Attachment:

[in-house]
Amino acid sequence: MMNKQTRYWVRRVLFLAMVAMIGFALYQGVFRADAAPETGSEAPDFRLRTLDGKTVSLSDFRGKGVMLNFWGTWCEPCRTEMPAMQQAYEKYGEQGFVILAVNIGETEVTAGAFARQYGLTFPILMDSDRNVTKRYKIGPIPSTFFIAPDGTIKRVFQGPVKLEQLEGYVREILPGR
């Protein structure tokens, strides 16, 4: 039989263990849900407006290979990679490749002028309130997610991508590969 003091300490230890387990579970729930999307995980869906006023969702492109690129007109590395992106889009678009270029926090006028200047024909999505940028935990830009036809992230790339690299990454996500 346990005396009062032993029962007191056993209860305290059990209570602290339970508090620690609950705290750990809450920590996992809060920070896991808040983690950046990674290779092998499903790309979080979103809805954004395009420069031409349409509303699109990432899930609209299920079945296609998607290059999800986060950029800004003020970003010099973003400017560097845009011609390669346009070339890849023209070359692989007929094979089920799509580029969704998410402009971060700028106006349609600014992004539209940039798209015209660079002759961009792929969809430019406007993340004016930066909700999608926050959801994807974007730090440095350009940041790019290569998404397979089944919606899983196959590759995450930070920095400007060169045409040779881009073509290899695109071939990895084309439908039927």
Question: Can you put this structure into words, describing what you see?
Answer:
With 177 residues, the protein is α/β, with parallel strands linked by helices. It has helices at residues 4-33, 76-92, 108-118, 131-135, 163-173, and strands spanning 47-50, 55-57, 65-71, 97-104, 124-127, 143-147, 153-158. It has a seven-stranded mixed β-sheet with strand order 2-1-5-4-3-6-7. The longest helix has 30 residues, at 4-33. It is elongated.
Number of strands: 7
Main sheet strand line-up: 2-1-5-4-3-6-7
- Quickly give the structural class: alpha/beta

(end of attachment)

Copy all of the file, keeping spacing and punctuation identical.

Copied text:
[in-house]
Amino acid sequence: MMNKQTRYWVRRVLFLAMVAMIGFALYQGVFRADAAPETGSEAPDFRLRTLDGKTVSLSDFRGKGVMLNFWGTWCEPCRTEMPAMQQAYEKYGEQGFVILAVNIGETEVTAGAFARQYGLTFPILMDSDRNVTKRYKIGPIPSTFFIAPDGTIKRVFQGPVKLEQLEGYVREILPGR
């Protein structure tokens, strides 16, 4: 039989263990849900407006290979990679490749002028309130997610991508590969 003091300490230890387990579970729930999307995980869906006023969702492109690129007109590395992106889009678009270029926090006028200047024909999505940028935990830009036809992230790339690299990454996500 346990005396009062032993029962007191056993209860305290059990209570602290339970508090620690609950705290750990809450920590996992809060920070896991808040983690950046990674290779092998499903790309979080979103809805954004395009420069031409349409509303699109990432899930609209299920079945296609998607290059999800986060950029800004003020970003010099973003400017560097845009011609390669346009070339890849023209070359692989007929094979089920799509580029969704998410402009971060700028106006349609600014992004539209940039798209015209660079002759961009792929969809430019406007993340004016930066909700999608926050959801994807974007730090440095350009940041790019290569998404397979089944919606899983196959590759995450930070920095400007060169045409040779881009073509290899695109071939990895084309439908039927």
Question: Can you put this structure into words, describing what you see?
Answer:
With 177 residues, the protein is α/β, with parallel strands linked by helices. It has helices at residues 4-33, 76-92, 108-118, 131-135, 163-173, and strands spanning 47-50, 55-57, 65-71, 97-104, 124-127, 143-147, 153-158. It has a seven-stranded mixed β-sheet with strand order 2-1-5-4-3-6-7. The longest helix has 30 residues, at 4-33. It is elongated.
Number of strands: 7
Main sheet strand line-up: 2-1-5-4-3-6-7
- Quickly give the structural class: alpha/beta